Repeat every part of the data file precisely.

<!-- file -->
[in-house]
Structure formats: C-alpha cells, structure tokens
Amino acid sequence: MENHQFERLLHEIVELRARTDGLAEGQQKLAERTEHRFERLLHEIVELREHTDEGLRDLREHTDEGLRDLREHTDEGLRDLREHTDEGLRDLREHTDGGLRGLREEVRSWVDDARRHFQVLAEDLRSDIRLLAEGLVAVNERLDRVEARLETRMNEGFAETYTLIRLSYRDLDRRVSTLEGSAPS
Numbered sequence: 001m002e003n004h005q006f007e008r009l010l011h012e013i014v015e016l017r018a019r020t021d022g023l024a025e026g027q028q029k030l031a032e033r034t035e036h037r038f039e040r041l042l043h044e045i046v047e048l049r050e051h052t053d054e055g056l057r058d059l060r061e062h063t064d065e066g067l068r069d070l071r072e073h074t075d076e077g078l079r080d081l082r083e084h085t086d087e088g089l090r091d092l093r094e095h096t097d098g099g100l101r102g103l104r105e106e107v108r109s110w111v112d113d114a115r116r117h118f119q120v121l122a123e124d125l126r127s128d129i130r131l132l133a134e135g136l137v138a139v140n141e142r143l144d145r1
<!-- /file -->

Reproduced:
[in-house]
Structure formats: C-alpha cells, structure tokens
Amino acid sequence: MENHQFERLLHEIVELRARTDGLAEGQQKLAERTEHRFERLLHEIVELREHTDEGLRDLREHTDEGLRDLREHTDEGLRDLREHTDEGLRDLREHTDGGLRGLREEVRSWVDDARRHFQVLAEDLRSDIRLLAEGLVAVNERLDRVEARLETRMNEGFAETYTLIRLSYRDLDRRVSTLEGSAPS
Numbered sequence: 001m002e003n004h005q006f007e008r009l010l011h012e013i014v015e016l017r018a019r020t021d022g023l024a025e026g027q028q029k030l031a032e033r034t035e036h037r038f039e040r041l042l043h044e045i046v047e048l049r050e051h052t053d054e055g056l057r058d059l060r061e062h063t064d065e066g067l068r069d070l071r072e073h074t075d076e077g078l079r080d081l082r083e084h085t086d087e088g089l090r091d092l093r094e095h096t097d098g099g100l101r102g103l104r105e106e107v108r109s110w111v112d113d114a115r116r117h118f119q120v121l122a123e124d125l126r127s128d129i130r131l132l133a134e135g136l137v138a139v140n141e142r143l144d145r1